A table explaining different intervals and their relationships
A table explaining different intervals and their relationships

Basic principles of voice leading

With those theoretical bases covered, let’s get into some practical ways that we can write good voice leading. For the following examples we’ll be using the extremely common chord progression vi-IV-I-V (A minor – F major – C major – G major).

1. Get familiar with the voices in your chord progression

The first thing you have to do when writing effective voice leading lines is to understand the chord progression that you are working with. As mentioned, we are using the chord progression vi-IV-I-V. This progression was chosen because of its roots’ relationships to the circle of fifths – essentially making it easier to create good voice leading.

The vi-IV-I-V progression in C in a piano roll
The vi-IV-I-V progression in C in a piano roll

More than the progression itself though, we have to shift our understanding of chords a little bit. Specifically, we need to think of every chord tone as a separate “voice.” If we examine the above chords “vertically” we see several notes stacked on top of each other. That repeats four times with different chords. However, if we create a paradigm shift and see every note of a chord as its own melody that moves “horizontally,” we unlock the first part of understanding voice leading.

For ease of reference, let’s call the top note of a chord voice 1, the one below that voice 2, the one below that voice 3, and the bottom note voice 4.

The different voices in a chord
The different voices in a chord

2. Analyze chord tones

The next step we need to take is understanding our chord tones. Let’s look at the root notes, thirds, and fifths of all the chords we are using, and see if any common notes are shared between the chords. Remember in each key there are only seven possible notes, so it’s extremely likely for there to be common chord tones in any diatonic progression.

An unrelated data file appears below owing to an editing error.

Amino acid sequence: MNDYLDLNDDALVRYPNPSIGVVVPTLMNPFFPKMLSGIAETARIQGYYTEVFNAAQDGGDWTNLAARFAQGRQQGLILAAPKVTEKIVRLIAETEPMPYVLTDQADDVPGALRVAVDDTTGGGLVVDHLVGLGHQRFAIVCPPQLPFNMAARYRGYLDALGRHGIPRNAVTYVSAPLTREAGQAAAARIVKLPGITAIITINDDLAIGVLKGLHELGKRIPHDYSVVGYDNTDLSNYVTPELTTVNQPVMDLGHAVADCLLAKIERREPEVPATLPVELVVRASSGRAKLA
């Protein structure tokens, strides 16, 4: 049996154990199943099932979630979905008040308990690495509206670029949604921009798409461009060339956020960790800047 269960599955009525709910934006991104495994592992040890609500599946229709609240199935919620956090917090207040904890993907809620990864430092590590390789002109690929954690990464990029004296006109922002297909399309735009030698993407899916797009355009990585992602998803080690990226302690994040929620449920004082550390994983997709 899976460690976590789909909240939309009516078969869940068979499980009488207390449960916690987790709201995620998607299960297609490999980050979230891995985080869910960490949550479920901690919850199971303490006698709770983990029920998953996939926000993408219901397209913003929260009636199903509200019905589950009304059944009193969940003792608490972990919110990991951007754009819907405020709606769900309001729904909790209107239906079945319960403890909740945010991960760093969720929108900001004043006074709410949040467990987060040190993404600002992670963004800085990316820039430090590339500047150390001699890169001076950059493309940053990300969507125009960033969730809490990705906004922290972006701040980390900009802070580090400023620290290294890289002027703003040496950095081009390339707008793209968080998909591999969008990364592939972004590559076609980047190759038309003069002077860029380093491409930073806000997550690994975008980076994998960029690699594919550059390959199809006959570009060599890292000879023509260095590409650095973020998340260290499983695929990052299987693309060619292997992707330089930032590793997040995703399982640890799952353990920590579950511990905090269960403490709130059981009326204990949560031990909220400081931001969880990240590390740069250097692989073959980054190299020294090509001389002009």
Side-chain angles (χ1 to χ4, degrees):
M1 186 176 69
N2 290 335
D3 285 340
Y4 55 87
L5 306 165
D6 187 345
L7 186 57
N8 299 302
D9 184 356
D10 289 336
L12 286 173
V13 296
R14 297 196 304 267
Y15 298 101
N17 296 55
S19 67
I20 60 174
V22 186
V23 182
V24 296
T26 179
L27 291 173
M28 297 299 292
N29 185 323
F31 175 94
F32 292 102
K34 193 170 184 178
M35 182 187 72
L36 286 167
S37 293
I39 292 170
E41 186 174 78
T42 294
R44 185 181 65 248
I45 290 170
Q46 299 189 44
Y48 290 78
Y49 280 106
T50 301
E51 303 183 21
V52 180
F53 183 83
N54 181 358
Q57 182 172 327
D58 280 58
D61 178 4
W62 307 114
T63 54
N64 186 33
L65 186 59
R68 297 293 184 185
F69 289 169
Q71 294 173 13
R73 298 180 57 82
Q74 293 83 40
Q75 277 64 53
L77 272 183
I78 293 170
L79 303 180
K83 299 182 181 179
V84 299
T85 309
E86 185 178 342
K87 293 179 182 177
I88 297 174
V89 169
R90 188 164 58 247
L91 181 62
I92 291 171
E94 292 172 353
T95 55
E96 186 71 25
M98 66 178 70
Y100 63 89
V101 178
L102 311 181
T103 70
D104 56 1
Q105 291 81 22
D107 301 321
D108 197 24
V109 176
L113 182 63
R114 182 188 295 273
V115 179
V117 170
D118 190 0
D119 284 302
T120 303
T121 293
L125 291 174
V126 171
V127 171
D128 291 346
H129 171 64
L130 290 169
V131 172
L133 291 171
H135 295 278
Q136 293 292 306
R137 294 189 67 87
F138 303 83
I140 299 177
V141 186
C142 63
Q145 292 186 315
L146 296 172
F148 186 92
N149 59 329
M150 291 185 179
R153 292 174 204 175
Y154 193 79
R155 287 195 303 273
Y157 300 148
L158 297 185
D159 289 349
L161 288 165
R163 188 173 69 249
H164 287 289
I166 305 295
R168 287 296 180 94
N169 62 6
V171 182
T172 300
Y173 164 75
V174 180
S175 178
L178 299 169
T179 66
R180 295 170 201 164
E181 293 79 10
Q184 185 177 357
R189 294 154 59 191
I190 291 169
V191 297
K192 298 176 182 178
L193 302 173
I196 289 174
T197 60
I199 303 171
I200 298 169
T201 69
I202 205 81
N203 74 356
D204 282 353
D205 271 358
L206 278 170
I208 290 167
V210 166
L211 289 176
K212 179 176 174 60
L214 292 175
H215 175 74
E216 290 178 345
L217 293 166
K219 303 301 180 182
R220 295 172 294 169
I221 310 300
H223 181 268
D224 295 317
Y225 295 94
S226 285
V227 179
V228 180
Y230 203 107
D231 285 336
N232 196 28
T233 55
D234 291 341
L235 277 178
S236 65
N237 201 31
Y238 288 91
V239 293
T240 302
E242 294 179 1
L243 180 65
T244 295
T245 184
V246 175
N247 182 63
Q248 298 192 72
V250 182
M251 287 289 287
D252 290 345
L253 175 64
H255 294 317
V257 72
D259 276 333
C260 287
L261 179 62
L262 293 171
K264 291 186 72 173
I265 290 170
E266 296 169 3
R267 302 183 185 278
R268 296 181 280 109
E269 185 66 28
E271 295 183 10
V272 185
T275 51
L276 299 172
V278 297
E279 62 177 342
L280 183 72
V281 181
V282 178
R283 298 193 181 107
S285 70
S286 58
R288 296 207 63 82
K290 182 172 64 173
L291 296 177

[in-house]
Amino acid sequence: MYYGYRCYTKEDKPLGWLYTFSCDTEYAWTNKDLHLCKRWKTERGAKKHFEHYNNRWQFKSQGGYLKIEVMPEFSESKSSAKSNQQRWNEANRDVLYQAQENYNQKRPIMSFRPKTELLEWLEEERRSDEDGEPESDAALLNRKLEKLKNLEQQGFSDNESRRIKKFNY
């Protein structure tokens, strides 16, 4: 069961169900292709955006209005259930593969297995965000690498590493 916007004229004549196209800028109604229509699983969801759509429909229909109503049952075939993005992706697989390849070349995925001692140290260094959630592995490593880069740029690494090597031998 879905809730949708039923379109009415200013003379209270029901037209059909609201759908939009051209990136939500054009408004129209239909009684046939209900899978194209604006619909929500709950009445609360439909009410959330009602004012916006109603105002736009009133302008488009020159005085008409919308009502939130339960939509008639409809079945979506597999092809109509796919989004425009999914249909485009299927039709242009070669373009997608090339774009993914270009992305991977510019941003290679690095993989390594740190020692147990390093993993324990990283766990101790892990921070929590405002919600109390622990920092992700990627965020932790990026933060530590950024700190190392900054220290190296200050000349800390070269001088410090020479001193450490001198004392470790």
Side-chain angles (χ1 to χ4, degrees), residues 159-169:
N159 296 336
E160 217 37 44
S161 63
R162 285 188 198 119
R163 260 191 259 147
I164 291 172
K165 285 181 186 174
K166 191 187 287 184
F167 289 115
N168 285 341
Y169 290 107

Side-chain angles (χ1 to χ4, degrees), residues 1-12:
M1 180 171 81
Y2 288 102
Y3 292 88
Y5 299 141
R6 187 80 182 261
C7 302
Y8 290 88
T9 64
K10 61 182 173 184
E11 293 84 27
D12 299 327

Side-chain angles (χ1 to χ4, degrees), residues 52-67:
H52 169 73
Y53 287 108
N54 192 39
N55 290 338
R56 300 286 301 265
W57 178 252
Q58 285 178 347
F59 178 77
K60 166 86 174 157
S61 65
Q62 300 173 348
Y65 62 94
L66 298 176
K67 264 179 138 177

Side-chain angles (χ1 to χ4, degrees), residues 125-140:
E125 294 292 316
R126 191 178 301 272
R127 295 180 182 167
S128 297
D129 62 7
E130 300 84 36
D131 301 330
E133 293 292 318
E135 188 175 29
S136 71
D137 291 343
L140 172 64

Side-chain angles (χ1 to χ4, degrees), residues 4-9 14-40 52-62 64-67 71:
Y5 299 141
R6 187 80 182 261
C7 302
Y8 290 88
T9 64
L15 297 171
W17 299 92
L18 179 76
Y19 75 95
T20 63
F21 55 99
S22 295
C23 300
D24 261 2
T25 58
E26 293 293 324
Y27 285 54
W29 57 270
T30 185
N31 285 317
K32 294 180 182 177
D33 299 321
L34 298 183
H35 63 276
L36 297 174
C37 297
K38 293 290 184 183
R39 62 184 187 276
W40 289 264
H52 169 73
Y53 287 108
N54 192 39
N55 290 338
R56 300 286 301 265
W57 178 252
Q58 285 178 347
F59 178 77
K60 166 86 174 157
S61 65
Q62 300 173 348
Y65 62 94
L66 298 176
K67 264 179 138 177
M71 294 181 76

A table showing the chord tones in our progression
A table showing the chord tones in our progression

In the table, we’ve highlighted chord tones that occur several times throughout the movement. This is crucial information for the next step.

3. Minimize note shifting to create smooth movement

When creating satisfying and effective voice leading, a central principle to follow is that all voices should be well-written individual melodic lines. We know that great melodies usually don’t include large interval leaps, so we should apply the same idea to voice leading.

Generally, it is safe to leave any common chord tones between chords in the same voices. Where we can’t keep tones the same, stepwise motion is always preferable to leaps. “Stepwise motion” refers to moving a tone or semitone away, rather than a big interval jump (like a sixth). The only voice where big leaps are permitted is in the bass (voice 4).

Remember that chords don’t have to be written in ascending vertical order. As long as a C, E, and G are the notes that are present in the chord, it is a C major. Writing the chord as G, then C, and E, still leaves us with a C major chord.

Let’s move through our chord progression and keep all common chord tones where possible, using stepwise motion in the other notes.

Keeping common chord tones in our chord progression
Keeping common chord tones in our chord progression